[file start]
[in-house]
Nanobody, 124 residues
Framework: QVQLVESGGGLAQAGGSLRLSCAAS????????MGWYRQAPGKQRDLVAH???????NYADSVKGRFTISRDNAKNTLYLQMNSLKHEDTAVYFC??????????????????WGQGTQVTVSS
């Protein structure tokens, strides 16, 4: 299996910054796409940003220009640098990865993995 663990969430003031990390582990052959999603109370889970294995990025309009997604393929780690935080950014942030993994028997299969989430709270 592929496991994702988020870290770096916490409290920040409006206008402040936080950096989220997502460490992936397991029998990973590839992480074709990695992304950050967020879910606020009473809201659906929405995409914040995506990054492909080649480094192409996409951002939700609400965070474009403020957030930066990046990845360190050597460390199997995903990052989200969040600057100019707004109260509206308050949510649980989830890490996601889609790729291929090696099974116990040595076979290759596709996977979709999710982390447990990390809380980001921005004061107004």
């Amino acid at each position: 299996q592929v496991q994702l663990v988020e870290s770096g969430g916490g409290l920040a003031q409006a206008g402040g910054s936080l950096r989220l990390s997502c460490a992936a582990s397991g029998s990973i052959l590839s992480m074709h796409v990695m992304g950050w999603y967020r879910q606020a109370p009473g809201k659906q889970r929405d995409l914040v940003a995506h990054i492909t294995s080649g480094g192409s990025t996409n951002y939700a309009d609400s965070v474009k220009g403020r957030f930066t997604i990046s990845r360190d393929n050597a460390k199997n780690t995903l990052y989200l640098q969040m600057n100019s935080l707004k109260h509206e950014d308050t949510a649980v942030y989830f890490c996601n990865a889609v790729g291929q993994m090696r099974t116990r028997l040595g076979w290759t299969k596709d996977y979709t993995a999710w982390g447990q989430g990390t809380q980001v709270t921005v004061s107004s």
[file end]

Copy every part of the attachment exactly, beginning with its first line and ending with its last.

[in-house]
Nanobody, 124 residues
Framework: QVQLVESGGGLAQAGGSLRLSCAAS????????MGWYRQAPGKQRDLVAH???????NYADSVKGRFTISRDNAKNTLYLQMNSLKHEDTAVYFC??????????????????WGQGTQVTVSS
């Protein structure tokens, strides 16, 4: 299996910054796409940003220009640098990865993995 663990969430003031990390582990052959999603109370889970294995990025309009997604393929780690935080950014942030993994028997299969989430709270 592929496991994702988020870290770096916490409290920040409006206008402040936080950096989220997502460490992936397991029998990973590839992480074709990695992304950050967020879910606020009473809201659906929405995409914040995506990054492909080649480094192409996409951002939700609400965070474009403020957030930066990046990845360190050597460390199997995903990052989200969040600057100019707004109260509206308050949510649980989830890490996601889609790729291929090696099974116990040595076979290759596709996977979709999710982390447990990390809380980001921005004061107004």
């Amino acid at each position: 299996q592929v496991q994702l663990v988020e870290s770096g969430g916490g409290l920040a003031q409006a206008g402040g910054s936080l950096r989220l990390s997502c460490a992936a582990s397991g029998s990973i052959l590839s992480m074709h796409v990695m992304g950050w999603y967020r879910q606020a109370p009473g809201k659906q889970r929405d995409l914040v940003a995506h990054i492909t294995s080649g480094g192409s990025t996409n951002y939700a309009d609400s965070v474009k220009g403020r957030f930066t997604i990046s990845r360190d393929n050597a460390k199997n780690t995903l990052y989200l640098q969040m600057n100019s935080l707004k109260h509206e950014d308050t949510a649980v942030y989830f890490c996601n990865a889609v790729g291929q993994m090696r099974t116990r028997l040595g076979w290759t299969k596709d996977y979709t993995a999710w982390g447990q989430g990390t809380q980001v709270t921005v004061s107004s």